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Singer-songwriter Babs Savage talks about her craft

Babs, Red Dress

Photo: Edna Sims

Born and raised in the U.K., singer-songwriter Babs Savage first began honing her craft at very early age. She would later go on to attend the prestigious Central School of Speech and Drama in England, and by the time she was in her mid-teens Savage, who by then had formed her very own band, knew that music was her calling.

Tell us about your introduction to music. When did you first become interested in it? 
I was interested in music from the age of 5 when I first learned how to play piano. I had two aunts who were singers, too, so they would introduce me to opera and jazz. I joined the church choir at 12 and learned a lot of technique there. I was madly into jazz, then moved into funk like Tower of Power and Defunkt and Funkapolitan . . . David Bowie, Iggy Pop, Lou Reed and underground soul funk bands. I formed my first band at the age of 15 called Savajazz; it was a nine-piece band that included bongos, horns and a rapper. The oldest member was 19, and I was the youngest and only girl at 15. We toured the London night clubs and became quite a phenomenon. We were young, but our talent was bright. Unfortunately though, we were too young to handle ourselves and the band split within a couple of years.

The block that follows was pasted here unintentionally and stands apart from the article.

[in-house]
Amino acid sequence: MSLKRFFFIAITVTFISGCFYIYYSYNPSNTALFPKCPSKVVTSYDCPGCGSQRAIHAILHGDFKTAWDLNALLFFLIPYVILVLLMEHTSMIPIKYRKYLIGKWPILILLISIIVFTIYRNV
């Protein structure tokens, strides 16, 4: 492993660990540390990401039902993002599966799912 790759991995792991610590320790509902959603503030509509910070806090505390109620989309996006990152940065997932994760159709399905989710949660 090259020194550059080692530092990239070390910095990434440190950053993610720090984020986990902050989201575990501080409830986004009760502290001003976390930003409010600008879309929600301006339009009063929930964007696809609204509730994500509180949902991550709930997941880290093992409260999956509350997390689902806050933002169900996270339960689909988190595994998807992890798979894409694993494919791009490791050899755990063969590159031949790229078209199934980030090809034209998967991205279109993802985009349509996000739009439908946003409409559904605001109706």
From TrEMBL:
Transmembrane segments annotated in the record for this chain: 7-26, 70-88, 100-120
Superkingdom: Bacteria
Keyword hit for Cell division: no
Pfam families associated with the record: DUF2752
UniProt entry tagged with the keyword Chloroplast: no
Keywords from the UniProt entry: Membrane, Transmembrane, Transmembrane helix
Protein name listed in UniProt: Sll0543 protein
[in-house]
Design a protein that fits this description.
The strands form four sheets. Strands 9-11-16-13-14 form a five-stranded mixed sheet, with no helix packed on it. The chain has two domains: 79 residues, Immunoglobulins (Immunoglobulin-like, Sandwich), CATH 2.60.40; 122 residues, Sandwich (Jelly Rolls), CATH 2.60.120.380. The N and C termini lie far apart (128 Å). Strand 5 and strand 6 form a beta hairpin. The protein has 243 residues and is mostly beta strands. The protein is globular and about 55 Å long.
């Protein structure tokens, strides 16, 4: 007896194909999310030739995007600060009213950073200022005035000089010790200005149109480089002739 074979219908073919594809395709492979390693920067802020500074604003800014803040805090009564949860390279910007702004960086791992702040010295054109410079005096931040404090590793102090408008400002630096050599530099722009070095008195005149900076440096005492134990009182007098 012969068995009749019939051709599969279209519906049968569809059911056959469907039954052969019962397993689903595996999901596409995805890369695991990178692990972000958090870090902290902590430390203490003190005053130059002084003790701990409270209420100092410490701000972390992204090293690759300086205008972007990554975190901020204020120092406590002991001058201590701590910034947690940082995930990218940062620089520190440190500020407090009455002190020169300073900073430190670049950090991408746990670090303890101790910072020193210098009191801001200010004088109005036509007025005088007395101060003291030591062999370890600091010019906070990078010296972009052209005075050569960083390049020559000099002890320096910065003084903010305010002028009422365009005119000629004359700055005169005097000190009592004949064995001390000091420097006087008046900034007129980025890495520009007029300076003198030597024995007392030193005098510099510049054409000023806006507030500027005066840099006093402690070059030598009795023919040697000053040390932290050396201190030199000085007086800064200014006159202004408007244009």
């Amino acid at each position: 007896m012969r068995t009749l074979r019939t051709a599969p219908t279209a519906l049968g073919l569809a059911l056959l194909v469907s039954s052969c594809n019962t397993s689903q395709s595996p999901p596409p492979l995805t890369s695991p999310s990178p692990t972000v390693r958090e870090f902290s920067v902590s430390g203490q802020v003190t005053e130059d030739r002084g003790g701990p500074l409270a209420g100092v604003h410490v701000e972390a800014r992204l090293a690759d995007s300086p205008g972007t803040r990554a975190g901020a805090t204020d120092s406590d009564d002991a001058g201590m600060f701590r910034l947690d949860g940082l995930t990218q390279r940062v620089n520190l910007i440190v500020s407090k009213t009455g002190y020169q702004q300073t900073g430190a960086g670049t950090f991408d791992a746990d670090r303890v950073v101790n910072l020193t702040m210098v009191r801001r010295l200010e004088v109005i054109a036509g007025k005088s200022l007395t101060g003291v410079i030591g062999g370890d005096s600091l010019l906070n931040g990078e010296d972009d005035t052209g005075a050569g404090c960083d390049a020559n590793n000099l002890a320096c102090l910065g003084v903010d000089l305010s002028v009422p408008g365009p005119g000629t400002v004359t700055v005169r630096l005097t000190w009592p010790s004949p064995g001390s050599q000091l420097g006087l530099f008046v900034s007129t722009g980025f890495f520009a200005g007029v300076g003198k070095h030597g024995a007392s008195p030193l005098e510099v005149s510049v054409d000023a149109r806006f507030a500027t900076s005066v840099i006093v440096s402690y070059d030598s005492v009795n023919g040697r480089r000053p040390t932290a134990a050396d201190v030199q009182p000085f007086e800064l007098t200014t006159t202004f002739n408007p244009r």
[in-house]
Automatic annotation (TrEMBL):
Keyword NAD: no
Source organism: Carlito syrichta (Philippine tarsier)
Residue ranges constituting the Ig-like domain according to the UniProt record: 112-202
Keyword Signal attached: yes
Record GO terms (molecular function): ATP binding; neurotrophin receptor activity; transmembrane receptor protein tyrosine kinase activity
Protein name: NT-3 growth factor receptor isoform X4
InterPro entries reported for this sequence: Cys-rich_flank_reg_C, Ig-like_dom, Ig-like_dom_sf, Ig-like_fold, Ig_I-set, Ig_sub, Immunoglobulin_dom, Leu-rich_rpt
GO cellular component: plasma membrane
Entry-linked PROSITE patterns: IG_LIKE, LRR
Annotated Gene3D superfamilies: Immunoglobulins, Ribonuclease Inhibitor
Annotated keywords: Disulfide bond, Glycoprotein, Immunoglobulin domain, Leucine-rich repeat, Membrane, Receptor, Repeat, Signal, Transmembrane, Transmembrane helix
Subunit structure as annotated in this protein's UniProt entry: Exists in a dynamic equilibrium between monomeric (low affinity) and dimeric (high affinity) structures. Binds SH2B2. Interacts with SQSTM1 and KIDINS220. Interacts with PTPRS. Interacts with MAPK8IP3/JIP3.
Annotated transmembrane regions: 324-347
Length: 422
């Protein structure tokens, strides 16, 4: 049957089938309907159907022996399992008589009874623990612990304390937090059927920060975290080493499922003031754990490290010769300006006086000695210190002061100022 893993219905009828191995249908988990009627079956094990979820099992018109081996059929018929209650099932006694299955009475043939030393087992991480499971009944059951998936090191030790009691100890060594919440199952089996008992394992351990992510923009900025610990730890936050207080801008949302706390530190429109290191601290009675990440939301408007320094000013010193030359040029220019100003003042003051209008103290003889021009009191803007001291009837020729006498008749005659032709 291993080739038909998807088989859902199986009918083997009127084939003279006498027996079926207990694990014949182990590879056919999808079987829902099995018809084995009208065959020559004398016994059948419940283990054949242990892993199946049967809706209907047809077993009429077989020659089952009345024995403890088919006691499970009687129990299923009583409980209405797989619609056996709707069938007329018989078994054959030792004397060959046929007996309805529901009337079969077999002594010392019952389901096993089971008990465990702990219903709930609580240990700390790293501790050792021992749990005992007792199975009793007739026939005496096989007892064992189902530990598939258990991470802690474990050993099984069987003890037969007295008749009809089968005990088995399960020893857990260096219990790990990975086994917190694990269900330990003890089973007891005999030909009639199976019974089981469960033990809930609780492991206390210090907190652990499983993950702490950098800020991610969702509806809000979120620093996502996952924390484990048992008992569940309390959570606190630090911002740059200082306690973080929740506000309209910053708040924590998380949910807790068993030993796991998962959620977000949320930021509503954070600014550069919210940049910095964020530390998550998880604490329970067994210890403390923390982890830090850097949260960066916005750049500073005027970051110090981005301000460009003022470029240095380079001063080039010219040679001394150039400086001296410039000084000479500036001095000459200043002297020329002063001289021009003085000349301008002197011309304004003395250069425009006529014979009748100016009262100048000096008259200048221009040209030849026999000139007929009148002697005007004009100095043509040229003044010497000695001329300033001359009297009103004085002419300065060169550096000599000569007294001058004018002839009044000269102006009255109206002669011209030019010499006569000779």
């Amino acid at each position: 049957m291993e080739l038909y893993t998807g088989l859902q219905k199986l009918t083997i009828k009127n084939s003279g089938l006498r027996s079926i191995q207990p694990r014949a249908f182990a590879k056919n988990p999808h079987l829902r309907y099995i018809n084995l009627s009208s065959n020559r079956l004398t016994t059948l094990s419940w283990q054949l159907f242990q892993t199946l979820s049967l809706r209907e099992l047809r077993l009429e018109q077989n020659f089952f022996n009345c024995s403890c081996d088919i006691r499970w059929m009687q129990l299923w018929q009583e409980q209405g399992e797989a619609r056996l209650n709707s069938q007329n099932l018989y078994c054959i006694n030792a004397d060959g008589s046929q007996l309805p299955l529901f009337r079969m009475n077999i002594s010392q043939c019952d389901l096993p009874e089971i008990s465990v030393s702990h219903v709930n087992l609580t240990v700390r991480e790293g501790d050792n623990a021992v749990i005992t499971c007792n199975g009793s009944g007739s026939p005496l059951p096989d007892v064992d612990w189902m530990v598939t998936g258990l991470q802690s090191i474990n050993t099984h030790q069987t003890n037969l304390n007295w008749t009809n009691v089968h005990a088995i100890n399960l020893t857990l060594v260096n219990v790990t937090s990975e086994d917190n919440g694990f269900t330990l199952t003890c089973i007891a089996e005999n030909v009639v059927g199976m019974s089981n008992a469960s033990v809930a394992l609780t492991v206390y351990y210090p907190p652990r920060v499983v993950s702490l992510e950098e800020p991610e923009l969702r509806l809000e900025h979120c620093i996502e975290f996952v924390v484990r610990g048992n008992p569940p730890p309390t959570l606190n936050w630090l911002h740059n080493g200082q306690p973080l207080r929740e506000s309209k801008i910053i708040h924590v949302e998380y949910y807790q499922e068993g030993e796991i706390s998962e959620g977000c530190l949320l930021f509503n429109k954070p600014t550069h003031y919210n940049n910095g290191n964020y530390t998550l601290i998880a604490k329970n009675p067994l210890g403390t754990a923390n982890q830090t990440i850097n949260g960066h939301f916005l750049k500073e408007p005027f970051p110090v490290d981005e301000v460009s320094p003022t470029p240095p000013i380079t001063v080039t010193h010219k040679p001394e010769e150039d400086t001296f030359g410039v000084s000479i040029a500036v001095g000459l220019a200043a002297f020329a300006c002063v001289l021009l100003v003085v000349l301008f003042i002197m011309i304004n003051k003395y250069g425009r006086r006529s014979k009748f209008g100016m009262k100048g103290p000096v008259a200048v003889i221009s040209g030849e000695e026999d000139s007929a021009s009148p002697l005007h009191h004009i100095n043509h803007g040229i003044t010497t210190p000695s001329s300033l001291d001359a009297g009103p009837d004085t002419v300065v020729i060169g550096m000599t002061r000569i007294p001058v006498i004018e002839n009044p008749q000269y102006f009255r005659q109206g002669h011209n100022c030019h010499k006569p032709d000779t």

Where exactly do you hail from? And growing up there, who did you consider to be your strongest musical influences?
I hail from St. John’s Wood in North West London. My big musical influences I would say range from early jazz artists such as Ella Fitzgerald and Nat King Cole, Tower of Power and other jazz funk bands, David Bowie, and then moving into soul and Motown such as Marvin Gaye, Luther Vandross.

At what point in time, specifically, did you decide to pursue music on a professional level?
 I opted to pursue music professionally about 15 years ago.

How do you classify your overall sound and/or style?
My overall sound is soulful with a jazzy twist, but still maintaining the urban vibe in the music. I guess the style is true R&B, because the rhythm and hook in my songs is always at the forefront of the music coupled [with] the soulful jazz element, which is dominant in my voice.

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Photo: Edna Sims

Your latest single is titled, “La La” — how did it come to fruition?
 My producer, Rickey Rainbow, had co-written this song a while ago and sent it as a possible track for me…I fell in love with it immediately! The Delfonics’ sample at the beginning of the song just adds that vintage and recognizable quality that connects listeners straight away

What do you feel you bring to the music industry that we don’t already have in other performers?
I am an experienced woman with lots of energy and a huge  passion for music and life in general. I’m not afraid to bare my soul to my audience. I am proud to be British, and I also see myself as international. I can connect to anyone from any country, because I love human beings and I want to inspire them with my vitality. I have a unique quality in my voice, which is gravelly and deep with a vibrato that creeps into the notes. I can make people feel happy. I am an independent artist with an independent label which I have set up myself. This is an inspiration for other artists and indeed other women to believe in themselves and go it alone.

Have you encountered any problems in getting to this point in your career?